Arizona CPA Exam & License Requirements 2020
Learn all about CPA exam requirements in the state of Arizona.
Every state has its own requirement for becoming a CPA, including Arizona. To achieve what is considered the pinnacle of accountancy, you will need extensive education, experience, and passing scores on a 4-part CPA exam as well as completing an Ethics Exam. The process is rigorous and comes with financial expense, but it will pay off in your professional life. The CPA credential is highly regarded by everyone in the business community and the field of accountancy continues to grow and diversify. Now, there are even CPAs who audit computer systems rather than balance sheets.
Becoming a CPA in Arizona
In Arizona, you do not need to be a U.S. Citizen to become a CPA and you don’t even need to have state residency—a fact that is helpful to students who may have permanent residency in other states. The minimum age for applicants is 18, which should not be much of a problem for most students and graduates.
Arizona’s educational requirements for CPA candidates makes allowances for those who have not yet completed their bachelor’s degree, but who wish to exit college ready to nab the best jobs the business world has to offer. When you are within 18 semester hours of graduation, you become eligible to apply to the Arizona Board of Accountancy for your CPA exam. The full educational requirements for licensure are as follows:
- 36 semester hours in accounting (or the quarter-system equivalent)
- 30 hours of accounting coursework in upper-level (non-intro) courses
- 120 total hours of university coursework culminating in a bachelor’s degree
Note that you must include transcripts from all of the schools you attended and provide transcripts in sealed envelopes. Original copies must be submitted.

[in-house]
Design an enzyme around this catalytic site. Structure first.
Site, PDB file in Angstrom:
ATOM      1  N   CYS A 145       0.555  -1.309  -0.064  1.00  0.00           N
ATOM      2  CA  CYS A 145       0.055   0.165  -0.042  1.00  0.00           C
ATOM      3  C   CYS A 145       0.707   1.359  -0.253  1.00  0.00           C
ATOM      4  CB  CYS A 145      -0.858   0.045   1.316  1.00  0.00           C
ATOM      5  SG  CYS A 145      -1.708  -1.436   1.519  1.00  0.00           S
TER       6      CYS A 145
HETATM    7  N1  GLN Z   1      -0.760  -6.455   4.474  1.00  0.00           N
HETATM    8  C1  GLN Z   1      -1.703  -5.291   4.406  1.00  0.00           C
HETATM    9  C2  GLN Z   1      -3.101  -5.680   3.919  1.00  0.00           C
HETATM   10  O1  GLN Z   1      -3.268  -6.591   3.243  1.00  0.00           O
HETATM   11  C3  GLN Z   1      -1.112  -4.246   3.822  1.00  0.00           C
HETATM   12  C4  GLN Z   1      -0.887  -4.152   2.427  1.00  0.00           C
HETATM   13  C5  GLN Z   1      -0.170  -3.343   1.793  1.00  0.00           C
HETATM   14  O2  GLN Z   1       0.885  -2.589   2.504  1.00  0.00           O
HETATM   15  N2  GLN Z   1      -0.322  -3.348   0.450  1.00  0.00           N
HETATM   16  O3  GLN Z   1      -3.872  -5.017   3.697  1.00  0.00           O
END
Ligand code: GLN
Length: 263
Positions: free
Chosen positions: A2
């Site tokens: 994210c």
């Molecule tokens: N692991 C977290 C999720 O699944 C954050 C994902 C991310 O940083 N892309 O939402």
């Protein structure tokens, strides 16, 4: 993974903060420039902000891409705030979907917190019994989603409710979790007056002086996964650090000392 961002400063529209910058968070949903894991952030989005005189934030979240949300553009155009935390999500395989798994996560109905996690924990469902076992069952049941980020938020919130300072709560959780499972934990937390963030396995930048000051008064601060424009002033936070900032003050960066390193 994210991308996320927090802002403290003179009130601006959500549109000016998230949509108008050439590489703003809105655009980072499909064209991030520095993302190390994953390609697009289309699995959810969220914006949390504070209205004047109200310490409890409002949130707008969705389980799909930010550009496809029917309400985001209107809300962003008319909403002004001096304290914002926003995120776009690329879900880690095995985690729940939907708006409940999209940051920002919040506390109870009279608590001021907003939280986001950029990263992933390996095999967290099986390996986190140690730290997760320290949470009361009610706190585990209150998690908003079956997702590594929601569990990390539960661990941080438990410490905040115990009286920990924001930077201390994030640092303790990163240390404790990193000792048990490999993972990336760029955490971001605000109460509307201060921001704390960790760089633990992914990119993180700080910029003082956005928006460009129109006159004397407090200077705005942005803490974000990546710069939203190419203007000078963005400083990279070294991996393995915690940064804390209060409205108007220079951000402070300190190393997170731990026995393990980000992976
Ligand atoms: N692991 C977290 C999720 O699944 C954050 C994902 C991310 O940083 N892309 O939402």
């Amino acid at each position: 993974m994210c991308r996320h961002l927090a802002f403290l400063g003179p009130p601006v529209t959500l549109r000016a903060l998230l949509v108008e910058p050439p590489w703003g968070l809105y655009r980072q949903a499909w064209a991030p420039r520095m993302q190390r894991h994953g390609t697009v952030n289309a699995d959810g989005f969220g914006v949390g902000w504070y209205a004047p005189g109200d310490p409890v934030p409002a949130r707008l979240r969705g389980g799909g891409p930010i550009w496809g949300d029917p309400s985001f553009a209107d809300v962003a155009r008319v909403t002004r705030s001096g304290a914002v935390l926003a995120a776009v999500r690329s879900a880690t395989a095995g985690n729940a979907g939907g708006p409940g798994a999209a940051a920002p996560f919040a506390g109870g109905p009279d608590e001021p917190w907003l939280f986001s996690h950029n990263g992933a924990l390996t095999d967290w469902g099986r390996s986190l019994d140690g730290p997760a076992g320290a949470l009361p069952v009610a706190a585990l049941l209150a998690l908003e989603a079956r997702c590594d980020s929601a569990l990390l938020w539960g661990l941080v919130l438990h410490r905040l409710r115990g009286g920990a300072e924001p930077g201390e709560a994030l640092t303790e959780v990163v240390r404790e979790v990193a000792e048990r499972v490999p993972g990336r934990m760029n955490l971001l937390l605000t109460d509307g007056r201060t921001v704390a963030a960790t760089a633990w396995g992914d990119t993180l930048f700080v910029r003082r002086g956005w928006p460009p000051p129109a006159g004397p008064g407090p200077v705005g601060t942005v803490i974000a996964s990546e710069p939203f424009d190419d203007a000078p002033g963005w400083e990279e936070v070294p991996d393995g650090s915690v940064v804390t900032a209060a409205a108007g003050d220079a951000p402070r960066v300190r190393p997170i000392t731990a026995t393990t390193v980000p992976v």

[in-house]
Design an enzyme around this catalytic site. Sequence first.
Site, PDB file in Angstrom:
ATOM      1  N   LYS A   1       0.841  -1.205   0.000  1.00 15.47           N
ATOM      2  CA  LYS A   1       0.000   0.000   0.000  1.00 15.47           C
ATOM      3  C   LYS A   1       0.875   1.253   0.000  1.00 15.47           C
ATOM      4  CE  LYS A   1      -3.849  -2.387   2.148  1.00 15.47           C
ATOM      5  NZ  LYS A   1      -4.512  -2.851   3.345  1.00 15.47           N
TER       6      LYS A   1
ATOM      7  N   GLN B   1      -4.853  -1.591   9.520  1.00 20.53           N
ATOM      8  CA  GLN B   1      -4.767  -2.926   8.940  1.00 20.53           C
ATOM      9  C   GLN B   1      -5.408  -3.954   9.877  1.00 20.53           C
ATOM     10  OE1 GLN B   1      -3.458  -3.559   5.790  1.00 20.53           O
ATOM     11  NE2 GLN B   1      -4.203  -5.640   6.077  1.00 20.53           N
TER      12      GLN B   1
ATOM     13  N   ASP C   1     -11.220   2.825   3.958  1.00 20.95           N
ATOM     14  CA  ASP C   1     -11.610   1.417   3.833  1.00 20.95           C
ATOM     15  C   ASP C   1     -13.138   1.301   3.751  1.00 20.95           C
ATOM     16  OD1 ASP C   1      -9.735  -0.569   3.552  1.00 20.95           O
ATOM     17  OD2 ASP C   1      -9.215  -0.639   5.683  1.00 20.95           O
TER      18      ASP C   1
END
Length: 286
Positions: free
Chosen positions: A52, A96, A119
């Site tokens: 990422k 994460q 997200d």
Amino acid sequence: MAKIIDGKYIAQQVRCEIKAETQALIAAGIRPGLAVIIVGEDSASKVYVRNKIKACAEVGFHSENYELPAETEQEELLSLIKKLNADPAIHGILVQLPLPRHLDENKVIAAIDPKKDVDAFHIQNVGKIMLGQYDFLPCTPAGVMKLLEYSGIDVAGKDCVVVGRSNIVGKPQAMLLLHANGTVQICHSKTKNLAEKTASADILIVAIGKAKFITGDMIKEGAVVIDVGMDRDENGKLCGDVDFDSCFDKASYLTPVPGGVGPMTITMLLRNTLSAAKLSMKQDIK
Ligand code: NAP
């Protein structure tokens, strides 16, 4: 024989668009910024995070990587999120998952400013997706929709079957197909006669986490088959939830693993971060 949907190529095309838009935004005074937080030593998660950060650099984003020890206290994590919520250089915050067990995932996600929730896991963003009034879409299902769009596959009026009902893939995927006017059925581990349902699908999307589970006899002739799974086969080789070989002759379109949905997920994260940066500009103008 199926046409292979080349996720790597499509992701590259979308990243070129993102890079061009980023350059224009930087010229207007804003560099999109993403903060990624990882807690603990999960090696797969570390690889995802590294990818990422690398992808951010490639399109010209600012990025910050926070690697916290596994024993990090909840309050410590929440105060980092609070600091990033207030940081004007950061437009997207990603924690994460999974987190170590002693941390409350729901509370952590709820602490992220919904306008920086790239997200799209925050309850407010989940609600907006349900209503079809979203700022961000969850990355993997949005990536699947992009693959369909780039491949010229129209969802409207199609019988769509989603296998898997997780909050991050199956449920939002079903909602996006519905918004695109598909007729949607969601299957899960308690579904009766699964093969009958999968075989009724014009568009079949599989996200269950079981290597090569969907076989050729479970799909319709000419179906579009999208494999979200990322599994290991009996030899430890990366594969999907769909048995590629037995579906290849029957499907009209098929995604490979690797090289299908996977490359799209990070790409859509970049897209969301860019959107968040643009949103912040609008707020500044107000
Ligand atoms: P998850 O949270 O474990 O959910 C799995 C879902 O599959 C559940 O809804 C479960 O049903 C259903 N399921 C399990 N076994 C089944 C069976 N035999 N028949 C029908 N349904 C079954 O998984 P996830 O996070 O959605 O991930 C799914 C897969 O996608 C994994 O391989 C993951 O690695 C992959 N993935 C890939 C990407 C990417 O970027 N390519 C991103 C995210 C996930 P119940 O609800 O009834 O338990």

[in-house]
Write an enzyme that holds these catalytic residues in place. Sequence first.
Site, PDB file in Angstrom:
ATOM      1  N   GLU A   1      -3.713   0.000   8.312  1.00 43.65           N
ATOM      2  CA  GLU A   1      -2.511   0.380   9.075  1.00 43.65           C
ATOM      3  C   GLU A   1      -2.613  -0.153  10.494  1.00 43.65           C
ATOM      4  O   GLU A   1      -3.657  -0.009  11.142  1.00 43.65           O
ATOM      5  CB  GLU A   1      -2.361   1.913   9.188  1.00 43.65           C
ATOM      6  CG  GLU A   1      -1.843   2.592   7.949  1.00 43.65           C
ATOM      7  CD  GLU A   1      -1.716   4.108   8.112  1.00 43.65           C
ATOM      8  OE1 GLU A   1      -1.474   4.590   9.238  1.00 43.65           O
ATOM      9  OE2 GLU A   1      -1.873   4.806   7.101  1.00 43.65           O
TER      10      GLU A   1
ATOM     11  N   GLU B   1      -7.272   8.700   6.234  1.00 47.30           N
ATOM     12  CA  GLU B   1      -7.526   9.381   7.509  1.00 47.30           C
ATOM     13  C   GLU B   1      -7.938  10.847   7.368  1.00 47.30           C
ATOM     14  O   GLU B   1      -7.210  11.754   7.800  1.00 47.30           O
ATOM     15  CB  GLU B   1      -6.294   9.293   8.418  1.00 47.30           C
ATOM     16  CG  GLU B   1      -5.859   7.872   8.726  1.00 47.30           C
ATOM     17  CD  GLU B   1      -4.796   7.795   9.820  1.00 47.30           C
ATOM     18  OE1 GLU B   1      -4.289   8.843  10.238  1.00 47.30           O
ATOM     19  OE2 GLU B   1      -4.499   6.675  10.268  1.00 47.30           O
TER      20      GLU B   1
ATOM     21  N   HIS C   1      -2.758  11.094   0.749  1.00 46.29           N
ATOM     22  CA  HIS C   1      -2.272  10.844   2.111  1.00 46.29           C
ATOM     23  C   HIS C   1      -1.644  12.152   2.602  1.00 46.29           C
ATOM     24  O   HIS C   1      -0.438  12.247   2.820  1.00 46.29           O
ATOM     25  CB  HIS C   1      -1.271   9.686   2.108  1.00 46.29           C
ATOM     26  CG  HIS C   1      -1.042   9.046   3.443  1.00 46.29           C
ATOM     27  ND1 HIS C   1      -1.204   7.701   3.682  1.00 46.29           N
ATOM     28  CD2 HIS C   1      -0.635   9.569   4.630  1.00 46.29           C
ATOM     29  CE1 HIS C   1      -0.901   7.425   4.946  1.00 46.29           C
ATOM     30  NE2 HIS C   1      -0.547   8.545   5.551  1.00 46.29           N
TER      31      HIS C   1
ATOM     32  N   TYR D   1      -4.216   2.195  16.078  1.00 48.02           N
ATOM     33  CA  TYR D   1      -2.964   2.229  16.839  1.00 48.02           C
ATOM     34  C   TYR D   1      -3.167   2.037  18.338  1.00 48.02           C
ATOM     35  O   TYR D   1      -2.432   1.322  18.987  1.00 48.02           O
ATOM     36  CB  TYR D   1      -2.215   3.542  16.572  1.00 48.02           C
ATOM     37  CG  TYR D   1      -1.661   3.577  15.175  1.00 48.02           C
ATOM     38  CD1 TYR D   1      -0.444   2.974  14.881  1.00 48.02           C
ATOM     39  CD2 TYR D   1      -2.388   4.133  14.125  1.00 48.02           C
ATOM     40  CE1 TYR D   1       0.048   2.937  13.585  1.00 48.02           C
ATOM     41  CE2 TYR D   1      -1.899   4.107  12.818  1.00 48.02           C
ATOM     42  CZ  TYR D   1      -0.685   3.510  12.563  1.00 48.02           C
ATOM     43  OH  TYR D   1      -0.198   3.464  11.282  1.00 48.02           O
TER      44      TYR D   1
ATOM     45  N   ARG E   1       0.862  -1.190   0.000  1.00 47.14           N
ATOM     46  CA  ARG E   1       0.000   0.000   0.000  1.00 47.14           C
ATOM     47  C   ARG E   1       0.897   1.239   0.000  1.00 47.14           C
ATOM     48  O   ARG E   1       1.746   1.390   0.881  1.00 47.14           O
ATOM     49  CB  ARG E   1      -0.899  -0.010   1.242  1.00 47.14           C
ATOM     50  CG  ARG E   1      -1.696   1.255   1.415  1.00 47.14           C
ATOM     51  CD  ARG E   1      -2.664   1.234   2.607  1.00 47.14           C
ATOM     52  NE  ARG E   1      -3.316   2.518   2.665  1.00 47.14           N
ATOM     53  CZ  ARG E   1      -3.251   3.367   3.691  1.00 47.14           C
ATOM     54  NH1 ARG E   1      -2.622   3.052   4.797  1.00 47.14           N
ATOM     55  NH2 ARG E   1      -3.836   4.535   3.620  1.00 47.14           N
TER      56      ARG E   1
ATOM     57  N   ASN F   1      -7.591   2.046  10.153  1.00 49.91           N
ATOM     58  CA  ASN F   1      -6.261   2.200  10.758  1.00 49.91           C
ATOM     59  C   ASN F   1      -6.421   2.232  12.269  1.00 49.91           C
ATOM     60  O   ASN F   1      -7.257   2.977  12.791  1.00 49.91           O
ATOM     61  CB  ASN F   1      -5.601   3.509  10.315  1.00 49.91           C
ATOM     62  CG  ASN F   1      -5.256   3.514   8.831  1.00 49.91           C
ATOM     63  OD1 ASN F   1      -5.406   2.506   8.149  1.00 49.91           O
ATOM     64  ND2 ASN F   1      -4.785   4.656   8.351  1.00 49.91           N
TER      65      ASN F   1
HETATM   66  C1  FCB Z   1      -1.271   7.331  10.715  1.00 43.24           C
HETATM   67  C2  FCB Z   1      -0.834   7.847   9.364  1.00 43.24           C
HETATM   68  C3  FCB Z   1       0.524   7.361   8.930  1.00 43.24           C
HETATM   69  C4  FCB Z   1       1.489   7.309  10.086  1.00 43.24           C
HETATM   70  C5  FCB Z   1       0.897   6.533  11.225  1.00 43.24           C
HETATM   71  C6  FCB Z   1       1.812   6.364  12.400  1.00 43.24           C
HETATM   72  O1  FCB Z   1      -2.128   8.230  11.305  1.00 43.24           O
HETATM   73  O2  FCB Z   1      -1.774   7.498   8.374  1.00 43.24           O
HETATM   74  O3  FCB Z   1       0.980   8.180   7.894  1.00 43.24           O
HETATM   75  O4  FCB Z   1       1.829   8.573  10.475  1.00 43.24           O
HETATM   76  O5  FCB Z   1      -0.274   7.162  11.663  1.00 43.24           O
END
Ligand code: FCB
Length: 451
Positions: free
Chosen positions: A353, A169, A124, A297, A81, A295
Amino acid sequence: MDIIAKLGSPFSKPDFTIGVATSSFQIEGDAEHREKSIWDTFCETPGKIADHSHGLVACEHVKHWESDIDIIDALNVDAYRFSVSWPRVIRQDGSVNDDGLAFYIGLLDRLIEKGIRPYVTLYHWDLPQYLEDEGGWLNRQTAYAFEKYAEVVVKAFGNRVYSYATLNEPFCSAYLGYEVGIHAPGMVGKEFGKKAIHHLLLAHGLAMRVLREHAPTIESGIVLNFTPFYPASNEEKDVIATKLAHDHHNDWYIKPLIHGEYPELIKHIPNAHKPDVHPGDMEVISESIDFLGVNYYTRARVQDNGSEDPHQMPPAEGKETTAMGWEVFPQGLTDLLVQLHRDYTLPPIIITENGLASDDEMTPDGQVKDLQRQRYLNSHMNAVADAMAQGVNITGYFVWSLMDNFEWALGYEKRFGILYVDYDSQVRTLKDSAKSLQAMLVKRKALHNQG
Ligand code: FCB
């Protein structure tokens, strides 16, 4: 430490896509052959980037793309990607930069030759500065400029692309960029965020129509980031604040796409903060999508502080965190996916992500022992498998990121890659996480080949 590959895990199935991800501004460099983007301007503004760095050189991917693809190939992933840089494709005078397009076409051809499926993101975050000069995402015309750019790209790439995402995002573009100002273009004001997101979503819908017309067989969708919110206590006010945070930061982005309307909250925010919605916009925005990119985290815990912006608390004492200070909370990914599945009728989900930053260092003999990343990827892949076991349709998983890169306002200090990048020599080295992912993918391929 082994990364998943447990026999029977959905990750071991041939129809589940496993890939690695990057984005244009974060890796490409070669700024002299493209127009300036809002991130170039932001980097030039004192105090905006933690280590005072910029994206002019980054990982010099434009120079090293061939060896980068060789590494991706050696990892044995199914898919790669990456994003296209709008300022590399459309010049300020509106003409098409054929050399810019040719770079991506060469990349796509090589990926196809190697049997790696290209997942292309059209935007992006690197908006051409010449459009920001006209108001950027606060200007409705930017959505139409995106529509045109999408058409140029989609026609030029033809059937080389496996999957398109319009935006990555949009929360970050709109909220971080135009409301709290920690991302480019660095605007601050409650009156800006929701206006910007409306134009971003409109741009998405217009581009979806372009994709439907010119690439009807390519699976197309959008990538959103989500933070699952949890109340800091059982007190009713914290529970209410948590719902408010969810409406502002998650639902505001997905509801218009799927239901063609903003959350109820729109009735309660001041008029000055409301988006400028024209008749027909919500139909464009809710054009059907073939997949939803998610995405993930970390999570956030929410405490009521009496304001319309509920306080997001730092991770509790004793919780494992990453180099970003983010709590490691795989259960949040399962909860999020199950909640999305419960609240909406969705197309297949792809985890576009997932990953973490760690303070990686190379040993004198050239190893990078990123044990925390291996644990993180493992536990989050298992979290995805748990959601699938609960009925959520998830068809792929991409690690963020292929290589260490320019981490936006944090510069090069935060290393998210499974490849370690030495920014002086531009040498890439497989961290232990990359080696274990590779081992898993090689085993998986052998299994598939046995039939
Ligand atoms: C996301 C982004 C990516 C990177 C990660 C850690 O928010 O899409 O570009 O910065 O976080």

The CPA exam is created by the American Institute of Certified Public Accountants (AICPA), a professional organization that can help you find a job, develop your professional knowledge, and even attend their conferences where you can further expand your professional life. When you are prepared to sit for the CPA exam, be aware that there are four parts to the exam:
- Financial Accounting and Reporting
- Auditing and Attestation
- Business Environment and Concepts
Since each portion of the test is handled individually, you must pay for them as you take them. None of the tests should cost more than $200 and, as of January, 2016, cost $734.10 for all four sections. Once your payment has been accepted, you will have six months to take and pass at least one section. From the time of your passing the first section, you will have 18 months to complete the remaining parts. If you do not pass the remainder of the test within the allotted time, your previous passing will expire.
The test items are either multiple choice, simulations or written communication. The simulations will require test-takers to apply knowledge given a set of circumstances, spreadsheets and literature for them to analyze. The questions reflect contemporary problems and concepts, as they are created by CPAs who volunteer their time in order to create test items that will challenge candidates in new ways.
Each of the core areas must be passed with a minimum score of 75. The test is very difficult and many people do not pass any given part on the first attempt. In fact, pass rates vary from around 44 percent for the Auditing and Attestation portion to close to 60 percent for the Business Environment and Concepts portion. Therefore it is vital to make sure that you prepare diligently prior to sitting for your first attempt at the test.
On top of the four parts of the CPA exam, there is another exam called the Ethics Exam. This test is also created by the AICPA, but is not considered to be as rigorous as the CPA. You will likely receive a self-study CD-ROM that includes 11 hours’ worth of ethics instruction, and a 40-item multiple choice test to help you prepare. When you sit for the exam, you will be allowed to bring materials with you. While the test may not be as rigorous, it still must be passed with a minimum score of 90 so make sure that you take the time to prepare and consider each question on the test with care.
The Arizona Board of Accountancy also requires that potential CPAs have significant work experience. The state requires at least one year of experience in a public accountancy firm. Your supervisor needs to be an Arizona-licensed CPA. However, if he or she is licensed by another state, then you need a Supervisor Verification Form from their state licensing board. In the event that your supervisor is not a CPA at all, your experience will also be valid. You will need your supervisor to provide their resume and a comprehensive job description to prove that they have the requisite knowledge and experience to oversee a CPA candidate.
For more information, including test schedules and applications, please visit the website of the Arizona Board of Accountancy.
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